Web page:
Redwood City construction disrupts community life

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The Redwood City that was once another quiet Bay Area town has developed into a colossal construction zone, making it inconvenient for the residents and workers who have lived in Redwood City years prior.

Karen Vaughn, the principal planner for current planning in Redwood City, spoke about the construction on Marshall Street. “The plan lays out a vision for downtown Redwood City as a vibrant downtown core consisting of employment, residential, and recreational uses,” Vaughn continued, “Concentrating development in downtown makes sense because of our downtown Caltrain station and easy commute options.”

601 Marshall street was once two low-rise buildings for lease, but by the end of 2017, it will be transformed into a new apartment building available for tenants.

Indigo Apartment Homes was completed and tenants were allowed to move in as of June 2016.

In 2016, the Indigo Apartment Homes building was completed, adding yet another one of many apartment buildings in downtown. Other completed apartment projects include Locale Apartments, Classics, Greystar 1, and The Marston by Windsor.

Broadway Plaza is a project that is still going through the approval process. “The project will provide 120 affordable units, and 1.56 acres public open space,” Peter Tsai, vice president for the real estate development of the Sobrato Organization said.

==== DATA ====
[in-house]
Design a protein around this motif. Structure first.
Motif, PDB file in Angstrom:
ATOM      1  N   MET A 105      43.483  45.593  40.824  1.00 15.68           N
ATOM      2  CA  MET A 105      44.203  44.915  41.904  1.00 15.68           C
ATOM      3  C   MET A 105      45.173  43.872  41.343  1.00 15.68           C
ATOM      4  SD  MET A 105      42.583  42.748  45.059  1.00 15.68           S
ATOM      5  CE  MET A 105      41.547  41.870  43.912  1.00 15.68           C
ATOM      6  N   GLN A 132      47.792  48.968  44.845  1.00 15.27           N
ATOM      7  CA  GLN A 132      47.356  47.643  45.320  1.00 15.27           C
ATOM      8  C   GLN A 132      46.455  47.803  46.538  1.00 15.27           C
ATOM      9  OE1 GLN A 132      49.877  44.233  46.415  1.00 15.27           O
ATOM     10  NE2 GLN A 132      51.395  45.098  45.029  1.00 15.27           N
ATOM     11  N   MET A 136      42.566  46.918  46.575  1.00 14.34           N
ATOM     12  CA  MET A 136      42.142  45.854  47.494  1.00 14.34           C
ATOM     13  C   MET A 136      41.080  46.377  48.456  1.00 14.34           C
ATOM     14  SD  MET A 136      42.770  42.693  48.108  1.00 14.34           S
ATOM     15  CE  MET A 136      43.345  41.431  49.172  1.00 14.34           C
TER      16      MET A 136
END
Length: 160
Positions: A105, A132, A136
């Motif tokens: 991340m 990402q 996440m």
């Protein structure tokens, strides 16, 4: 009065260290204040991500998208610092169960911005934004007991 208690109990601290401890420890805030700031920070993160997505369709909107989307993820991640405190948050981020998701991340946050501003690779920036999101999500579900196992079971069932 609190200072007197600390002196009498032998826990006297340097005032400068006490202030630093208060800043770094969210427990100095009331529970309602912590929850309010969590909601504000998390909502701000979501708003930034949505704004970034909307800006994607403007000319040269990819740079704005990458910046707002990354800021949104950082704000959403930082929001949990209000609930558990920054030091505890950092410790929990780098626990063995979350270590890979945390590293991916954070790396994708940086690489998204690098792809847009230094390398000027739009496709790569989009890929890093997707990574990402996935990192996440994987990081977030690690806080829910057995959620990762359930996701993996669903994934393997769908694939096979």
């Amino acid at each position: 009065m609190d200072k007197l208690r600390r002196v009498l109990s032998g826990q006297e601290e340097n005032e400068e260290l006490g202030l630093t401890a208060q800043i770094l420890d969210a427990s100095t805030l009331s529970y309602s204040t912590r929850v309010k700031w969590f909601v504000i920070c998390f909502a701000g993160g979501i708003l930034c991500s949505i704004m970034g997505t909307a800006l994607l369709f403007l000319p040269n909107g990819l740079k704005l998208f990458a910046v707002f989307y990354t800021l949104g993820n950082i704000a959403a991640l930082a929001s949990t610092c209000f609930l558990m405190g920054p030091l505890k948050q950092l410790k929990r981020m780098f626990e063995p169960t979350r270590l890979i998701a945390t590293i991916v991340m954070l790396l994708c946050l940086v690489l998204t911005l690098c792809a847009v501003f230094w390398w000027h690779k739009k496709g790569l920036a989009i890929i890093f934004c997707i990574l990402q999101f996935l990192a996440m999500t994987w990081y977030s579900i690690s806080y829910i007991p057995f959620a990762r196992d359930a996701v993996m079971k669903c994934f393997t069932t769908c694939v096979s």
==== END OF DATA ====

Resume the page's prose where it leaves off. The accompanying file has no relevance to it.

Throughout these construction projects, Broadway Plaza has been the only projects to cater to the needs of low-income families by providing them rooms with an affordable rent. The 601 Marshall street project has one law firm as one of the main tenants.

Stanford University is following suit and has continued to expand their campus from Palo Alto, already starting their construction on the MidPoint Technology Park. Their project is predicted to finish by 2019.


The Marshall Street apartment building with feature 8 stories of rooms and 255 parking spaces.

Redwood City has more buildings being constructed, however, residents are having a harder time adapting to the new changes. M-A senior Lena Reibstein said, “When I go out to dinner or movies with family or friends, sometimes I have to take a different route because some parts are fenced off at the end of the street.”

Senior Arthur Cuenca said, “There’s some sidewalks I can’t really reach. I go around, and it usually takes longer.”

Cuenca went on to say, “I believe that companies should help families get jobs and that the rent should decrease.”

In the Broadway Plaza project, stores such as Big Lots and Foodsco have been removed completely as of January 2017. Foodsco was a grocery store that provided affordable prices for families in Redwood City, San Carlos, Belmont, and East Palo Alto. Upon its removal, low-income families and former Foodsco employees are at a disservice of the construction and now must find an alternative store.

As Redwood City reconstructs to be a dynamic and fast-paced city, elements such as rent, traffic, available parking, and grocery stores for low-income families will become more of a struggle.

Isabela Villa is a senior, and she is co-editor in chief for the M-A Chronicle. She enjoys writing about student life in the M-A community, and she hopes to spread insightful information through the website and her peers.

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